SEATTLE — Federal biologist Erin Fedewa boarded a research vessel in June in Dutch Harbor, and journeyed to a swath of the Bering Sea that typically yields an abundance of young snow crab in annual surveys.
Not this summer. At this spot, and elsewhere, the sampling nets came up with stunningly few — a more than 99% drop in immature females compared to the those found just three years earlier.
Biologists also found significant downturns in the numbers of mature snow crab as they painstakingly sorted through the sea life they hauled up.
“The juveniles obviously were a red flag, but just about every size of snow crab were in dramatic decline,” Fedewa said. “It’s very scary.”
This collapse in the Bering Sea snow crab population comes amid a decade of rapid climatic changes, which have scrambled one of the most productive marine ecosystems on the planet in ways that scientists are just beginning to understand. The changes are forcing them to reconsider how they develop models to forecast harvest seasons.
As waters warm, some older crab have moved northwest, young crab are being gobbled up by an increased number of predators and disease is on the rise. All of this could be making crab more vulnerable to excessive harvesting, and that has increased concern over the impacts of trawlers that accidentally scoop up crab as they drag nets along the sea floor targeting bottom-dwelling fish.
The forecast for the 2022 winter snow crab season is bleak. At best, it is expected to be considerably less than 12 million pounds. That would be down from a 2021 harvest of 45 million pounds and a fraction of the more than 300 million pounds taken during two peak years in the early 1990s.
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The iconic Bering Sea red king crab, which can grow up to 24 pounds with a leg-span up to 5 feet, also are in trouble. In a big blow to the commercial crabbers, many of whom are based in Washington, the October harvest for these crab has been canceled, something that has only happened three times before.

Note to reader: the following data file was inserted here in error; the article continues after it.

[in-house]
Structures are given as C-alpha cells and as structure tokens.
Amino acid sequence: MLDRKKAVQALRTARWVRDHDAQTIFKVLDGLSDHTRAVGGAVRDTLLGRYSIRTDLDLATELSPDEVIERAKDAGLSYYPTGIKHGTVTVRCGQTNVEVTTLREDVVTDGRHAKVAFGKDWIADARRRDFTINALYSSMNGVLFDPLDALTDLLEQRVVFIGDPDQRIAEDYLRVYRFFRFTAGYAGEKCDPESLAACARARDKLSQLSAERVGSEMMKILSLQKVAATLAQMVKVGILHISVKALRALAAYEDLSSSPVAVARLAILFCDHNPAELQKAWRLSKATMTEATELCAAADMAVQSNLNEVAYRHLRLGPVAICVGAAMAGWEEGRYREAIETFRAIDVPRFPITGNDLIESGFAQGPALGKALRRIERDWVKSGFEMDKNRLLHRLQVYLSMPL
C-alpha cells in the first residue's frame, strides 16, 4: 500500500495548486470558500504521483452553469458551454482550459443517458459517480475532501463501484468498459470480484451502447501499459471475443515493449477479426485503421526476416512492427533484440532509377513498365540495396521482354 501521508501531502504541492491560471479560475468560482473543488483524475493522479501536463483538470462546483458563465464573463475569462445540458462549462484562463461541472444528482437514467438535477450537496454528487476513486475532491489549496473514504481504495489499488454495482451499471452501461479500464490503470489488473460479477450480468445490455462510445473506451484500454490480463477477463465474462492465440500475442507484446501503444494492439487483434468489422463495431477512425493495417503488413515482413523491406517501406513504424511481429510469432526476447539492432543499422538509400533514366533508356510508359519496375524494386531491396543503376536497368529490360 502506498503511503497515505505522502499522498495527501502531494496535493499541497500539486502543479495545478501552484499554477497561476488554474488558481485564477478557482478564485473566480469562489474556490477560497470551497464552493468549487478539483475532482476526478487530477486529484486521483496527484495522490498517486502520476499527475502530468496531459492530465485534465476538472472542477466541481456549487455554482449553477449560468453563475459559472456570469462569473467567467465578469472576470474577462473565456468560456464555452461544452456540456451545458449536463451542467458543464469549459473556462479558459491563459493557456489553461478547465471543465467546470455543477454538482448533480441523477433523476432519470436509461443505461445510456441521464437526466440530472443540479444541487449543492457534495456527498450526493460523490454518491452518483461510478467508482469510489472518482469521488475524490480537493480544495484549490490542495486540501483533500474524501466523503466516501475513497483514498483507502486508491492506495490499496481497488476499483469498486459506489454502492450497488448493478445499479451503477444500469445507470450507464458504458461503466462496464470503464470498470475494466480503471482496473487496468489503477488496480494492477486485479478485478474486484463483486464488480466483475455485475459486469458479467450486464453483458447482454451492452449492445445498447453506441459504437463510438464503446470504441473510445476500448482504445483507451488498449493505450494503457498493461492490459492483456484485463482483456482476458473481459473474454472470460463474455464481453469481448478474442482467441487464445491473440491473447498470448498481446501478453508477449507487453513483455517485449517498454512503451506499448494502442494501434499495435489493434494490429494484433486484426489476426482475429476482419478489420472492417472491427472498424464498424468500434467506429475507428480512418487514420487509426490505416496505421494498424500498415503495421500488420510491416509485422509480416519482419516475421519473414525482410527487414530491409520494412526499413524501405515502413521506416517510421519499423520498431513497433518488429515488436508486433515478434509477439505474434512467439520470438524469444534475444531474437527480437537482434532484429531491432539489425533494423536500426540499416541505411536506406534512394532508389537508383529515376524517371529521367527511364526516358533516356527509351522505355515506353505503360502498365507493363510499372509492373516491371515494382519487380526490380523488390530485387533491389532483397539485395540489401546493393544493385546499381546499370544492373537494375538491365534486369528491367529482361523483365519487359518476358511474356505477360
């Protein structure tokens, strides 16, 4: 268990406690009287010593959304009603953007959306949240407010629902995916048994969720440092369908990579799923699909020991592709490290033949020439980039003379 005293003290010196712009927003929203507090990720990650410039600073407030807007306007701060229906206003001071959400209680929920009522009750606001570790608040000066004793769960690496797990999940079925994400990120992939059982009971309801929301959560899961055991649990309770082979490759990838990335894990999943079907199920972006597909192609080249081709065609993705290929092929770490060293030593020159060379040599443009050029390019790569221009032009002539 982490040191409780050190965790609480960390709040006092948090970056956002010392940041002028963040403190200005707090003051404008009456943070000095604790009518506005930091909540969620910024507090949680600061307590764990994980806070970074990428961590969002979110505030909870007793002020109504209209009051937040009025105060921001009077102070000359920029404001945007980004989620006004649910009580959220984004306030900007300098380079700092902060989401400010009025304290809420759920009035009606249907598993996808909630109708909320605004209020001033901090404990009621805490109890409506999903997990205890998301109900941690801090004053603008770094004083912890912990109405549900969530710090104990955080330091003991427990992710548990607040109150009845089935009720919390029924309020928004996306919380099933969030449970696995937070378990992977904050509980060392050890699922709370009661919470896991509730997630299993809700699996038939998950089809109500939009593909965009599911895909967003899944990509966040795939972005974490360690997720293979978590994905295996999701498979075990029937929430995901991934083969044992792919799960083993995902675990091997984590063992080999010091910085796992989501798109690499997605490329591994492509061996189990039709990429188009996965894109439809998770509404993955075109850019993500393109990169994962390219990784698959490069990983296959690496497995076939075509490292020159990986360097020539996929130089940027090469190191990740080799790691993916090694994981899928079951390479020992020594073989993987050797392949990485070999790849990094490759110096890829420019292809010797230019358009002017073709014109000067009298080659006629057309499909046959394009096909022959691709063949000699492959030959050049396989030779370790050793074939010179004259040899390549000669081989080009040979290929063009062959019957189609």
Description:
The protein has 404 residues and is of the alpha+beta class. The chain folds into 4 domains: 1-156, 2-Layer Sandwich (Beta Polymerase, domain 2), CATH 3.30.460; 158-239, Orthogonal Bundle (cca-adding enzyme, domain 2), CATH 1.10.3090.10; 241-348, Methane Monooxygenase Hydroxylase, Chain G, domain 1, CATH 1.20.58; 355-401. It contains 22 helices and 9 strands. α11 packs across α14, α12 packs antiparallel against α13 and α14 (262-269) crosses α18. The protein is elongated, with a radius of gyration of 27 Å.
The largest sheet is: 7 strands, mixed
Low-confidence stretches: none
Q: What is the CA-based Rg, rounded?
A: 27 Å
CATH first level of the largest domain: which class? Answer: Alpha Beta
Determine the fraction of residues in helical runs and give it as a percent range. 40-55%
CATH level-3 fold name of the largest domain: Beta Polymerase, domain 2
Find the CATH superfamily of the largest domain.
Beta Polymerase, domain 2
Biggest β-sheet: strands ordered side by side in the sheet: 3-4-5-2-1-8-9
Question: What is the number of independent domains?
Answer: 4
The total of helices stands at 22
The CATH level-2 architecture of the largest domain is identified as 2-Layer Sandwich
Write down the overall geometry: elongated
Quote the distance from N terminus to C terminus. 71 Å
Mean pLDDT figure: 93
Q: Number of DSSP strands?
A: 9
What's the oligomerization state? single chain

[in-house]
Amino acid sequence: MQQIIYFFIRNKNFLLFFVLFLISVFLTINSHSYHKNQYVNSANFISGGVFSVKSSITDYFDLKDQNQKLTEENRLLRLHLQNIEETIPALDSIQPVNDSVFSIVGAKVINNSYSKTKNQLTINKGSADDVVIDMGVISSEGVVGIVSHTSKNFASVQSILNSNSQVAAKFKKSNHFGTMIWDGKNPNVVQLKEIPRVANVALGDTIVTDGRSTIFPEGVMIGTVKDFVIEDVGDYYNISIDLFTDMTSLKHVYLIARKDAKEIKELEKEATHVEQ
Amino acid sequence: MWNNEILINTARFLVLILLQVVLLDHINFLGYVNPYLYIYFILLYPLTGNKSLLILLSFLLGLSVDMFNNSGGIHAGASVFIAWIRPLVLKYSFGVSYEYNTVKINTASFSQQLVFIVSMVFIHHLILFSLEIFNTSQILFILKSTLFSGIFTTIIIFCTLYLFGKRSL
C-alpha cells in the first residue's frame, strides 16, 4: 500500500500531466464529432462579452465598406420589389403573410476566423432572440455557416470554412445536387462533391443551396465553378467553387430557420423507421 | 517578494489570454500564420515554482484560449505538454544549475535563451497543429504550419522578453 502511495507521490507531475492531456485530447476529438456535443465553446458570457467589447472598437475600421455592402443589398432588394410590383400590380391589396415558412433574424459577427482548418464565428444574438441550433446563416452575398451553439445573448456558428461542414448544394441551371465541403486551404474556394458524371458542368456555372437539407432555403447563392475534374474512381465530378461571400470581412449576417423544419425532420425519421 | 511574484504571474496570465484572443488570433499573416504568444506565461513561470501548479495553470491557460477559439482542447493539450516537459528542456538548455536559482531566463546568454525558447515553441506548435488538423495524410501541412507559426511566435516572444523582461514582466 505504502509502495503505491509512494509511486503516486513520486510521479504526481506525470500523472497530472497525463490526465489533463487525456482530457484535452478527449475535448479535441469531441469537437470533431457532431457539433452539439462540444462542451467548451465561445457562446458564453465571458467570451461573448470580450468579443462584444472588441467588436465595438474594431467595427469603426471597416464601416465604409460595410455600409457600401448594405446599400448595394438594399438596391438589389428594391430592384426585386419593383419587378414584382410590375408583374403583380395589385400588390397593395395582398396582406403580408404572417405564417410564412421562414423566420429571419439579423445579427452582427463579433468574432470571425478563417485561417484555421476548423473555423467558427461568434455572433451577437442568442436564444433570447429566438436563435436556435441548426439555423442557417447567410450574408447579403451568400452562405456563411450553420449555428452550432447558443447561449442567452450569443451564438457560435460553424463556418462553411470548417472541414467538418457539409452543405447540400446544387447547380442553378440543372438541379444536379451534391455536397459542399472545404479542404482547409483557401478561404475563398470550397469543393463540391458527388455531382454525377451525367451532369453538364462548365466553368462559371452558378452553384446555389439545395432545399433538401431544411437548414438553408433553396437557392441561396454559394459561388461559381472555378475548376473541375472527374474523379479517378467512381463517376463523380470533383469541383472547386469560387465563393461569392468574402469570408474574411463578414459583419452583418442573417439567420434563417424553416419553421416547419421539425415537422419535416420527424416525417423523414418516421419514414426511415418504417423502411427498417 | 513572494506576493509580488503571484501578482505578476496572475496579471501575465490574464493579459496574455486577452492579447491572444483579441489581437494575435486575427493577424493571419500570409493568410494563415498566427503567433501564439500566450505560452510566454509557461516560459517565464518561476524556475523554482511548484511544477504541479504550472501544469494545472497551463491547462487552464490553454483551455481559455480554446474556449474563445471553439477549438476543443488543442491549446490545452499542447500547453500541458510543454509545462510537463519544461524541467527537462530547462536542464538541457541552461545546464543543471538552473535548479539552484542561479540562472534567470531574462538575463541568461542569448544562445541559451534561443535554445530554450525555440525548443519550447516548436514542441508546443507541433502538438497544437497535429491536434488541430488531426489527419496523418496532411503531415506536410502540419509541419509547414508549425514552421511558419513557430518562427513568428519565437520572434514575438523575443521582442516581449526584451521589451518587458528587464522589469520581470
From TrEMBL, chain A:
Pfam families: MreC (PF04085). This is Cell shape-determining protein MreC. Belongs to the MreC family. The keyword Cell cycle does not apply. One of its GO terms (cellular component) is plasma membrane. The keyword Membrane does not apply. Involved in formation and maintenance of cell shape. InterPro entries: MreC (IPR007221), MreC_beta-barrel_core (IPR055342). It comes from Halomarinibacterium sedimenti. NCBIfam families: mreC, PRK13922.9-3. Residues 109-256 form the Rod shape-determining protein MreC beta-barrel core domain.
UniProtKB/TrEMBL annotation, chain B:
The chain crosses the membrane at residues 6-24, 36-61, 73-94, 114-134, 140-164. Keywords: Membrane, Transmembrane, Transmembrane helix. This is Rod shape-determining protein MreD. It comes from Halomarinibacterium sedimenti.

Overall conservation measures are expected to wipe out most of the value of the annual Bering Sea crab harvest, worth more than $160 million during the past year, according to Jamie Goen, executive director of the Seattle-based Alaska Bering Sea Crabbers.
“We have gotten a double blow, and the economic impact is unlike anything we have experienced in this industry,” Goen said.
The harvest cutback also will hit some Alaska communities that rely on the crab fleets to help sustain their economies. St. Paul, in the Pribilof Islands northwest of Dutch Harbor, is the site of a major crab-processing plant operated by Seattle-based Trident Seafoods, and depends on crabbing not only to generate activity for its port but also to pay taxes that prop up the local government.
Crabbers want more done to protect crab from some types of fishing, including trawling.
Goen said that crabbers will be pressing fishery managers to step up protective measures, such as expanding zones where trawling is not permitted and finding a way to estimate the unseen death toll of crab passing under nets.
“We need other [fishing] sectors to come forward and protect the crab,” Goen said.
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Both king and snow crab are caught off Alaska by steel-framed pots set along the bottom by a fleet of some 60 vessels. Each boat typically employs six to seven crew, some of which have been featured in the Discovery Channel’s long-running reality television series “Deadliest Catch.”
Most of the king crab harvest and snow crab sold in the United States in recent years has been imported from other countries.
But the downturn in U.S. stocks could push consumer prices higher.
Less ice, warmer water
Ocean conditions are key for scientists studying the decline of Bering Sea crab, which for all species are now estimated to be at their lowest overall levels in more than four decades.
“This is huge,” said Bob Foy, director of the National Oceanic and Atmospheric Administration’s Alaska Fisheries Science Center. “It is a massive shift for our ecosystem in the Bering Sea, and the implications for other fisheries are just starting to be thought through.”
He notes snow crab juveniles looked to be on an upward trend just two years ago. Then, in the space of 48 months, they appeared to have imploded.
One focus of research is the Bering Sea ice that forms each winter, and acts like a giant platform for growing algae at the base of the food chain. As it freezes, the ice sheds a dense layer of cold, briny seawater that eventually forms a cold pool on the bottom, prime conditions for young snow crab.